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Hoffmann, R. A wiki for the life sciences where authorship matters. Nature Genetics (2008)

Actin cytoskeleton is required for nuclear accumulation of Gln3 in response to nitrogen limitation but not rapamycin treatment in Saccharomyces cerevisiae.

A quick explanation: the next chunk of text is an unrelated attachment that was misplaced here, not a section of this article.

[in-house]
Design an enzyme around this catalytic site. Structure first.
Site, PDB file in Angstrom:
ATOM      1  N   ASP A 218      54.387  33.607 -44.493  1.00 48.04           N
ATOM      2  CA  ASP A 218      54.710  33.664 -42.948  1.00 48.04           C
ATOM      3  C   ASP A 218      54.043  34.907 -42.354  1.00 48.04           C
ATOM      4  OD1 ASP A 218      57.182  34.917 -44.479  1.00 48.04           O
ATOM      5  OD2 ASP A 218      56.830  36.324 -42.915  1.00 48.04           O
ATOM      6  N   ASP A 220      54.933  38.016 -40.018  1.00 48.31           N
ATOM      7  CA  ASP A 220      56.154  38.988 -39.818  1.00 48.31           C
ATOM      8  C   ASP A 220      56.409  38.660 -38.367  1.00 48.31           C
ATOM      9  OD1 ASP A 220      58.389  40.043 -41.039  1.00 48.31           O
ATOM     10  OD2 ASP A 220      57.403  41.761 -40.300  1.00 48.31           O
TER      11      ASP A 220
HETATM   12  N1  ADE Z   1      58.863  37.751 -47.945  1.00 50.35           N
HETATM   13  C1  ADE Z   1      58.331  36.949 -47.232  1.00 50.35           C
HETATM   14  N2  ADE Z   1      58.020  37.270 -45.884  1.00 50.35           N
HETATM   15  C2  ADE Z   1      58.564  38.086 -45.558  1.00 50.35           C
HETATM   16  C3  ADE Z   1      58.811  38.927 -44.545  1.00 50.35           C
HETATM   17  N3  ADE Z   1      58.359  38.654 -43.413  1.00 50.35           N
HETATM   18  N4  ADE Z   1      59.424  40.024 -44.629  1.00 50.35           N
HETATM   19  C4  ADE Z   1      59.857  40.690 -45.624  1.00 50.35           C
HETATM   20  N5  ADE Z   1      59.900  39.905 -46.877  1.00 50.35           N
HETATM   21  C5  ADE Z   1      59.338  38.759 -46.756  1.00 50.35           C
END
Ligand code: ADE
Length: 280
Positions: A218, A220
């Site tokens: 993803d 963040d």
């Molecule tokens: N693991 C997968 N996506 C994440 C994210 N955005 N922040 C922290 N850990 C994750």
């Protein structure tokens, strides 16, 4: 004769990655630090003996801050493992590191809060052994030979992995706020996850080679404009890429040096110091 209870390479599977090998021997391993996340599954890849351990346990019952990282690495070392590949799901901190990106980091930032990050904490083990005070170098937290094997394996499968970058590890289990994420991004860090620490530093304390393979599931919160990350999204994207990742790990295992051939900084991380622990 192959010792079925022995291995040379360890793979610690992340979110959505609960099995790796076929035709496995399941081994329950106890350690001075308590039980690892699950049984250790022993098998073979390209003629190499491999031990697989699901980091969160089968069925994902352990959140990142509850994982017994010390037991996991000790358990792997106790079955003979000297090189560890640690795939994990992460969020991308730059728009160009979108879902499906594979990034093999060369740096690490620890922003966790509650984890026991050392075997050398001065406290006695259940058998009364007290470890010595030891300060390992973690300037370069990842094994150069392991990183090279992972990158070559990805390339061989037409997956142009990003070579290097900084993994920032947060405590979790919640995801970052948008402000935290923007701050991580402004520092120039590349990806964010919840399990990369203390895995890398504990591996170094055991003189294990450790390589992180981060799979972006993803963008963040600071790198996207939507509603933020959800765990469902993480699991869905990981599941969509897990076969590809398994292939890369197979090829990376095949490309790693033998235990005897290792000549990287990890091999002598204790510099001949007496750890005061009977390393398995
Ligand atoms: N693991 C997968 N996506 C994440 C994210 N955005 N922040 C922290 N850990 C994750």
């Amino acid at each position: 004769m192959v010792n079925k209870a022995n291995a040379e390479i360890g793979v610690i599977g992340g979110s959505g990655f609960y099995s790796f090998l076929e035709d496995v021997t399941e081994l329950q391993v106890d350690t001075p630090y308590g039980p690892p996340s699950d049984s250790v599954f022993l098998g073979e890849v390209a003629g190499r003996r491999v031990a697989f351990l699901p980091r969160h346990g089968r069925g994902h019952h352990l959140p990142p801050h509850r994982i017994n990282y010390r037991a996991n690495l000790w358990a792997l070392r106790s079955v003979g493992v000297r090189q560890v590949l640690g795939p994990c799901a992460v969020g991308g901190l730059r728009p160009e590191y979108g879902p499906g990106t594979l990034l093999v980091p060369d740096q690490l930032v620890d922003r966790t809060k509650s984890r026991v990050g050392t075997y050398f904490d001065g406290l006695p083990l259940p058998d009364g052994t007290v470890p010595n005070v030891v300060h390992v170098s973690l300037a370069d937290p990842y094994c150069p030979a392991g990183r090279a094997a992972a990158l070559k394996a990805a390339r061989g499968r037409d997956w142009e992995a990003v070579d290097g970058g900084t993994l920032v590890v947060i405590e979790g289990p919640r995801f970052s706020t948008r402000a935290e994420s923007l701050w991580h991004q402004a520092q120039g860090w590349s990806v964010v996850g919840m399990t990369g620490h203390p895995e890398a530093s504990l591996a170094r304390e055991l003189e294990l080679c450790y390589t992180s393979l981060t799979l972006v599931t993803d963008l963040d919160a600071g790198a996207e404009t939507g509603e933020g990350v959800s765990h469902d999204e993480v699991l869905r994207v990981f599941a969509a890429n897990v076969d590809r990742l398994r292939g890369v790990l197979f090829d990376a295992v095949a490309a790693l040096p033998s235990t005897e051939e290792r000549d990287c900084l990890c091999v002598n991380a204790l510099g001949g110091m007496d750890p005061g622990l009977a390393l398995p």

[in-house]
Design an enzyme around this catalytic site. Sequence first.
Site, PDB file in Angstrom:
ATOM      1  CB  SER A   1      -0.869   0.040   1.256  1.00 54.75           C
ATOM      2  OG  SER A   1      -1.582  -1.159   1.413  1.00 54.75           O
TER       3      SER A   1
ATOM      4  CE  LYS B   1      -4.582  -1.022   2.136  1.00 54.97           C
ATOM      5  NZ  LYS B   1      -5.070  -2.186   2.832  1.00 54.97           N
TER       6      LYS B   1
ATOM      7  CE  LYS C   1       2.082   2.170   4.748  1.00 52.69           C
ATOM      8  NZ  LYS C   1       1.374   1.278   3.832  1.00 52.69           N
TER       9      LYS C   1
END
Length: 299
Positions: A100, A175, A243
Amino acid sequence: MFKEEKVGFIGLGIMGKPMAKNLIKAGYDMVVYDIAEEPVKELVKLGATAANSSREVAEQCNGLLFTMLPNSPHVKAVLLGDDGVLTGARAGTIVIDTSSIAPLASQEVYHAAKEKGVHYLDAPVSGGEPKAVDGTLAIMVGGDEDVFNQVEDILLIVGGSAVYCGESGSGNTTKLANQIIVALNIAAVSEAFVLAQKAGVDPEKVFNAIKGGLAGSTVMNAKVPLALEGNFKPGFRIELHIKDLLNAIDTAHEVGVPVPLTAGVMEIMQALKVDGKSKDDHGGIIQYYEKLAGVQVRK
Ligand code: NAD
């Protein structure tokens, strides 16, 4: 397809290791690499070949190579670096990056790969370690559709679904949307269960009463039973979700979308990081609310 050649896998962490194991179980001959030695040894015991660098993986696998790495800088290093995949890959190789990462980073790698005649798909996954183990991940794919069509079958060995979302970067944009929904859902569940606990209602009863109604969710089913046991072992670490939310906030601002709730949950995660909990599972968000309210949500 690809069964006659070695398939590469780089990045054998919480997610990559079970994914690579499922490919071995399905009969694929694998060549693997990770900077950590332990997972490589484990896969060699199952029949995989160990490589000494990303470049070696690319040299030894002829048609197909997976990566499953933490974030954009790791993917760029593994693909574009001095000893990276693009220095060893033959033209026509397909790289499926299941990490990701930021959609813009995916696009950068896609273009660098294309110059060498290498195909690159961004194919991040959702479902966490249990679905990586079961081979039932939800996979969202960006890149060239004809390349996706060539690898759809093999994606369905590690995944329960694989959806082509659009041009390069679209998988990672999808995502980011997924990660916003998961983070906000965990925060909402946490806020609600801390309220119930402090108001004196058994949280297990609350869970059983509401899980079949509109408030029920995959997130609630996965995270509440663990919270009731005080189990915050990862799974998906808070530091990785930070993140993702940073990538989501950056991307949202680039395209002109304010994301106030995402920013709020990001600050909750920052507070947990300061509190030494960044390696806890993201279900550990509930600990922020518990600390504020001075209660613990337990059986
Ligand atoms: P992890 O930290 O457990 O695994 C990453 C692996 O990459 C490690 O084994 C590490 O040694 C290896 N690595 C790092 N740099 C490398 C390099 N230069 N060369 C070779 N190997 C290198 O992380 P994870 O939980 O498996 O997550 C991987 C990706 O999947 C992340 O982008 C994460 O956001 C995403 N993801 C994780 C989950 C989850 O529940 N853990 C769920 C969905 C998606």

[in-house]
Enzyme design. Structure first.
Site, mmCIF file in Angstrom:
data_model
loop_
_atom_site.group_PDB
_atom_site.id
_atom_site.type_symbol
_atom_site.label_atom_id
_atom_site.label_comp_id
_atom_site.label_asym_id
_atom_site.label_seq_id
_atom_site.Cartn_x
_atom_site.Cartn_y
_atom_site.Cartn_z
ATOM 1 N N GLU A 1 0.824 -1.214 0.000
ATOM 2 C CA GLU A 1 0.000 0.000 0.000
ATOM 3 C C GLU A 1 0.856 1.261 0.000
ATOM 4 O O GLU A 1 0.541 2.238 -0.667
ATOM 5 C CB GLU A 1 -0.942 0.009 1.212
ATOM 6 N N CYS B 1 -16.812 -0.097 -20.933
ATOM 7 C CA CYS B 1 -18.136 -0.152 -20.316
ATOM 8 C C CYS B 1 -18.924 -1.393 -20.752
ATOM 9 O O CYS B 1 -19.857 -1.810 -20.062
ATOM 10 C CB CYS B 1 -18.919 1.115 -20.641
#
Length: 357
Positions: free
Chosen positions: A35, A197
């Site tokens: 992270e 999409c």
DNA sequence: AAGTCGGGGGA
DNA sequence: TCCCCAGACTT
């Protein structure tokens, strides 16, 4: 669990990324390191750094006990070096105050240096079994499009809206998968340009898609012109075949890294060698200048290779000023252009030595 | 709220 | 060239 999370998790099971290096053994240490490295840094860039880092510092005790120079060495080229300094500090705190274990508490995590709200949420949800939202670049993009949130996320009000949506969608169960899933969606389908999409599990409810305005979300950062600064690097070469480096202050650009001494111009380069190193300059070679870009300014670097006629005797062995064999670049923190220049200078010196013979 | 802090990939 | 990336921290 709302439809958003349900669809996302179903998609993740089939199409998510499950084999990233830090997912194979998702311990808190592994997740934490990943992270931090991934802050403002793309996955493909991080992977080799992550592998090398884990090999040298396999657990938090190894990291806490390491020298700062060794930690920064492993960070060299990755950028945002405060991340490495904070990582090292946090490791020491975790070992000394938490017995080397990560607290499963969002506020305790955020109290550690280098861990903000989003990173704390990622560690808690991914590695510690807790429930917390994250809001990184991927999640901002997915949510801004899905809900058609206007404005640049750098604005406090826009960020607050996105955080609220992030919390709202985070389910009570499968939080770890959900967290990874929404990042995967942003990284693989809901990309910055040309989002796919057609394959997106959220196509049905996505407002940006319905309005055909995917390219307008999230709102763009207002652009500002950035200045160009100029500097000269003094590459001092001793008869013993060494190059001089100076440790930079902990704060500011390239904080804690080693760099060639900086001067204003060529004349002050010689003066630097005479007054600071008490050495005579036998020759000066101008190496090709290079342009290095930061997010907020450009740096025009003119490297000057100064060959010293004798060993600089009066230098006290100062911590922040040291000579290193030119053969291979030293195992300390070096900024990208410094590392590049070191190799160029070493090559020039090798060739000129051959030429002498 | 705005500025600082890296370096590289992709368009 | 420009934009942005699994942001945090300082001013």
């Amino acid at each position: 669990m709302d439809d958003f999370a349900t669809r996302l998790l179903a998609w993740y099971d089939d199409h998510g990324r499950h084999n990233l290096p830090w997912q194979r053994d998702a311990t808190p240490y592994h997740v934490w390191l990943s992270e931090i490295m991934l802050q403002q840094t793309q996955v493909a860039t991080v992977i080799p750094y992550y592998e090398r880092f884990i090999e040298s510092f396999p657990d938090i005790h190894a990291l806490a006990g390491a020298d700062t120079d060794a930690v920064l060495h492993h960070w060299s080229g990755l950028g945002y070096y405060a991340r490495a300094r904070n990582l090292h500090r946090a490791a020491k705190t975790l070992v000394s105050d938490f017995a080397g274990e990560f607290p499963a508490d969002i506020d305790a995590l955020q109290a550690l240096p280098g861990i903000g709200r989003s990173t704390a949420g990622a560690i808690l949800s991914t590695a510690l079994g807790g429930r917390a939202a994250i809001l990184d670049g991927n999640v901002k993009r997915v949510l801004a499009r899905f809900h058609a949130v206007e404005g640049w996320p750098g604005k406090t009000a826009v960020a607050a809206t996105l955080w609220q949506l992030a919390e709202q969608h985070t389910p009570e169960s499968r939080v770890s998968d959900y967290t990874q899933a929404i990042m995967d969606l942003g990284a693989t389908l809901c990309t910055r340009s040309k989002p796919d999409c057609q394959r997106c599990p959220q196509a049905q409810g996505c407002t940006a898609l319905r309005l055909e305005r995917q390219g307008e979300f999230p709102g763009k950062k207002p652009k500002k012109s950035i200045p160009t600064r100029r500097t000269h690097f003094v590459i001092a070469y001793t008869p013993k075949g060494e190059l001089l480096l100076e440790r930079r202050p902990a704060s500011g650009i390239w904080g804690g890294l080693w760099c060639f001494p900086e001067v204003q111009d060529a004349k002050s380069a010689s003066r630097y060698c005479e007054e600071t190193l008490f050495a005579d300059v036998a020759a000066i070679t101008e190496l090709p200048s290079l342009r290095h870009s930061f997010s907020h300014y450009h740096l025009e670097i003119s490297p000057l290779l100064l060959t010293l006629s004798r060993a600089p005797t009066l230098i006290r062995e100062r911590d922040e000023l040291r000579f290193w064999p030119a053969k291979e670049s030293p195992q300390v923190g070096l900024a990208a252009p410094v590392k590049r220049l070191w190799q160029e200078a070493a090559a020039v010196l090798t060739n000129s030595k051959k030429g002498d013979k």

Saccharomyces cerevisiae selectively utilizes good nitrogen sources in preference to poor ones by down-regulating transcription of genes encoding proteins that transport and degrade poor nitrogen sources when excess nitrogen is available. This regulation is designated nitrogen catabolite repression (NCR). When cells are transferred from a good to a poor nitrogen source (glutamine to proline) or treated with rapamycin, an inhibitor of the protein kinases Tor1/2, Gln3 (NCR-sensitive transcription activator) moves from the cytoplasm into the nucleus. Gln3 re-accumulates in the cytoplasm when cells are returned to a good nitrogen source. However, Gln3 is not uniformly distributed in the cytoplasm. Such non-uniform distribution could result from a variety of interactions including association with a cytoplasmic vesicular system or components of the cytoskeleton. We used latrunculin, a drug that disrupts the actin cytoskeleton by inhibiting actin polymerization, to determine whether the actin cytoskeleton participates in intracellular Gln3 movement. Latrunculin-treatment prevents nuclear accumulation of Gln3 and NCR-sensitive transcription in cells transferred from ammonia to proline medium but does not prevent its accumulation in the cytoplasm of cells transferred from proline to glutamine medium. In contrast, rapamycin-induced nuclear accumulation of Gln3 is not demonstrably affected by latrunculin treatment. These data indicate the actin cytoskeleton is required for nuclear localization of Gln3 in response to limiting nitrogen but not rapamycin-treatment. Therefore, the actin cytoskeleton either participates in the response of Gln3 intracellular localization to nitrogen limitation before Tor1/2, or Tor1/2 inhibition only mimics the outcome of nitrogen limitation rather than directly regulating it.[1]


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